I read cozy and historical mysteries, a bit of Paranormal/UF, and to mix it up, I read science and gardening books on occasion.
I finally finished this one. The delay was a combination of being on holiday, and needing to put some space between my experience of this book and the experience of others, as I was starting to feel like I was losing my objectivity regarding my feelings about this book.
So, my feelings: Get Well Soon was poorly sub-titled and marketed. As a popular science book, or a popular history-about-science book, it fails. As an introductory anthropological and cultural survey of how society has historically reacted to epidemics and pandemics, I think its excellent.
Furthermore, while I like her writing style a lot, it is polarising. Jennifer Wright is a 30-something author whose voice is informal, irreverent and snarky. She writes the way friends - good friends - talk when they don't have to behave themselves. She uses this no-nonsense voice to sometimes share her thoughts about topics that are themselves, polarising.
So this is a book that isn't going to appeal to everyone. It particularly isn't going to appeal - at all - to anyone looking for a more sober, scientifically-focused exploration of the topic. After reading the whole thing, I'm pretty sure it was never meant to, at least, not from the author's perspective.
"If you take nothing else away from this book, I hope it's that sick people are not villains."
This is a recurring theme from start to finish. Wright's objective seems to be to focus a spotlight on humanity's reaction to mass illness throughout history, whether good or bad. Her hope in doing so is that perhaps those who read this book will learn from history rather than doom themselves to repeat it. She does this is the frankest, bluntest possible way, with a lot of snarky humor.
In this objective, I believe she succeeds. I think those of us who could be labeled as 'prolific readers' or those who voraciously devour their favorite subjects, might lose perspective on how well-informed, or not, most people today are. Society today is at least as divided as it's been at almost any other time in history, and a good deal of opinion is shaped via the internet, a source we all know can be about as accurate as a round of the telephone game.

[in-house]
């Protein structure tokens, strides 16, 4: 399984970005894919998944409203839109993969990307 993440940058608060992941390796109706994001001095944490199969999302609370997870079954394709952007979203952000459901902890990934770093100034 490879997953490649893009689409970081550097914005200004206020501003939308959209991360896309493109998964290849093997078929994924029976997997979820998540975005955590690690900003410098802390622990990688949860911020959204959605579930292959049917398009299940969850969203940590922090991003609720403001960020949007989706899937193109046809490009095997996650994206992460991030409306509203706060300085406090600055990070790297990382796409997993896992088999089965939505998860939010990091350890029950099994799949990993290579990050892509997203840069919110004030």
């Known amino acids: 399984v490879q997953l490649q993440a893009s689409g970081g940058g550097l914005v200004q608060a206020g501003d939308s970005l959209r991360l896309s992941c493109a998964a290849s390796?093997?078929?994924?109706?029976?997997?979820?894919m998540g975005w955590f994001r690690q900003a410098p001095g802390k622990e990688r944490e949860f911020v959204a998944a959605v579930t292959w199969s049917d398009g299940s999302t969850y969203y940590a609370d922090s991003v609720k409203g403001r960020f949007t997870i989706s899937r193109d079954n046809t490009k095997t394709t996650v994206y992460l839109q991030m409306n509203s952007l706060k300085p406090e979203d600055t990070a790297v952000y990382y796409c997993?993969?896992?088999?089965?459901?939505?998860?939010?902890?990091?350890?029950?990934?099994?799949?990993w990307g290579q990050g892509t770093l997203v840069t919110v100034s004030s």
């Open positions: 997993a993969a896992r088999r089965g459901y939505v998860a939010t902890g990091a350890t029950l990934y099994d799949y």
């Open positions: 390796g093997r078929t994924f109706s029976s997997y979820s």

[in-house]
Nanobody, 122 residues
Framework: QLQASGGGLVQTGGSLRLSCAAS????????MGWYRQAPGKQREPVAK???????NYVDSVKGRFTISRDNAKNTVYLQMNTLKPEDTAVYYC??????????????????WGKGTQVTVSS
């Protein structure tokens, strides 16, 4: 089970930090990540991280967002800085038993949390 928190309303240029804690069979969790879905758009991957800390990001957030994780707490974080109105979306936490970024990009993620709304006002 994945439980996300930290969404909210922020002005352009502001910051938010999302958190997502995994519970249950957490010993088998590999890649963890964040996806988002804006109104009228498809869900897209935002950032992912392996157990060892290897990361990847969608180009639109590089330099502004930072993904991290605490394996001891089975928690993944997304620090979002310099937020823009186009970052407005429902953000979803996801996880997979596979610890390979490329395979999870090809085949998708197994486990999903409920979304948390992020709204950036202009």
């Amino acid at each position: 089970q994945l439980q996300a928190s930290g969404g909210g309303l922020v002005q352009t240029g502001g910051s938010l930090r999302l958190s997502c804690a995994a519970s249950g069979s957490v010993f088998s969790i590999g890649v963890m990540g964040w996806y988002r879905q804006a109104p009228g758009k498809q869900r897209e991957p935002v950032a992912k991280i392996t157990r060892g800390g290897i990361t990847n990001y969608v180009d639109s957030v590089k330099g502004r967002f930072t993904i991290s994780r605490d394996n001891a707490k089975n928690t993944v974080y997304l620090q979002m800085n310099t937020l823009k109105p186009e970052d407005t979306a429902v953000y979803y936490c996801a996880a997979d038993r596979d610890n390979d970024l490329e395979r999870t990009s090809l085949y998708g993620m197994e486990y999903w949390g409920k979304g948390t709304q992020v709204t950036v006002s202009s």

In this context, I think the book is fantastic. Jennifer Wright seems to be a popular author of columns in various newspapers and magazines; if even a handful of her fans from Harper's Bazaar, et al, read this book simply because she wrote it, and they come away having learned something they didn't know before they started, or thinking harder about their responsibility in society, then Wright will have succeeded where others have failed. (And yes, I'm generally pessimistic about the world I live in - my country is being run by an orange lunatic; I think I'm entitled to a bit of pessimism.)
I'm not one of her magazine/newspaper fans. In fact it wasn't until after I'd started this that I realised I'd ever read anything by her before. I'm also quantitatively better read, if not qualitatively (some would argue), and I can say that not only did I enjoy this book a great deal, but I learned more than I expected to. For example, I had no idea that the Spanish Flu wasn't actually Spanish, but probably American, and I had no idea that it killed so many Americans. Granted, most of my knowledge of the Spanish Flu comes from British fiction, but it's a testament to the horrifying effectiveness of government censorship during WWI that you still don't read about it in American fiction, and this is a disease that killed in one month more Americans than the US Civil War. I'd also never heard of Encephalitis Lethargica, and sort of wish I never had. Even on the diseases I knew more about, Wright managed to impart something new for me, and in at least 2 chapters, left me misty eyed over the power people have when they choose to be selfless.
As a popular science book meant to tackle a complicated topic in a palatable way, this book is a fail; there's not nearly enough scientific discussion or data here to qualify this as such a book. But as a popular, cultural overview of the way societies throughout history have succeeded or failed to handle epidemics when they happened and the importance of rational, humane leaders and populace in times of crises, I think Wright succeeds very well.
The tragedy of this book is that it's marketed to the very people who are bound to be disappointed by it and likely don't need its message, and the people who might gain the most from it are likely to pass it by because they think it'll be too boring and dry.
I read this for The Flat Book Society's September read, but it also qualifies for the Doomsday square in Halloween Bingo.